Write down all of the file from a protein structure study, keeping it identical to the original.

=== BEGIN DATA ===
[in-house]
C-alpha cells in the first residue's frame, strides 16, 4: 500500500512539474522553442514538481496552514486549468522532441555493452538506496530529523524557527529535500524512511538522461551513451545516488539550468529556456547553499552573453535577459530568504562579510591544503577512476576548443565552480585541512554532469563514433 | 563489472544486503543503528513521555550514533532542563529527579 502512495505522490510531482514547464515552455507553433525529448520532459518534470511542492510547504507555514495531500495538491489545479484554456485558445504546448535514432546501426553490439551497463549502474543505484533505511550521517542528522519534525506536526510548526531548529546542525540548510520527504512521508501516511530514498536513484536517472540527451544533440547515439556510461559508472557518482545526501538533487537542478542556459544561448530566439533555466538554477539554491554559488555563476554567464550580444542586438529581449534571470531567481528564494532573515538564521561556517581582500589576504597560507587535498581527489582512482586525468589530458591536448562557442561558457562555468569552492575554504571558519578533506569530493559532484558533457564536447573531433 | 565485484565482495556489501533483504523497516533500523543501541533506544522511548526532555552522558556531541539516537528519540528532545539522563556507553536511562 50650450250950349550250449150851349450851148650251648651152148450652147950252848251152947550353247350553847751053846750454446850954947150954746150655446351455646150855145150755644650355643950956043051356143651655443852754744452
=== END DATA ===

[in-house]
C-alpha cells in the first residue's frame, strides 16, 4: 500500500512539474522553442514538481496552514486549468522532441555493452538506496530529523524557527529535500524512511538522461551513451545516488539550468529556456547553499552573453535577459530568504562579510591544503577512476576548443565552480585541512554532469563514433 | 563489472544486503543503528513521555550514533532542563529527579 502512495505522490510531482514547464515552455507553433525529448520532459518534470511542492510547504507555514495531500495538491489545479484554456485558445504546448535514432546501426553490439551497463549502474543505484533505511550521517542528522519534525506536526510548526531548529546542525540548510520527504512521508501516511530514498536513484536517472540527451544533440547515439556510461559508472557518482545526501538533487537542478542556459544561448530566439533555466538554477539554491554559488555563476554567464550580444542586438529581449534571470531567481528564494532573515538564521561556517581582500589576504597560507587535498581527489582512482586525468589530458591536448562557442561558457562555468569552492575554504571558519578533506569530493559532484558533457564536447573531433 | 565485484565482495556489501533483504523497516533500523543501541533506544522511548526532555552522558556531541539516537528519540528532545539522563556507553536511562 50650450250950349550250449150851349450851148650251648651152148450652147950252848251152947550353247350553847751053846750454446850954947150954746150655446351455646150855145150755644650355643950956043051356143651655443852754744452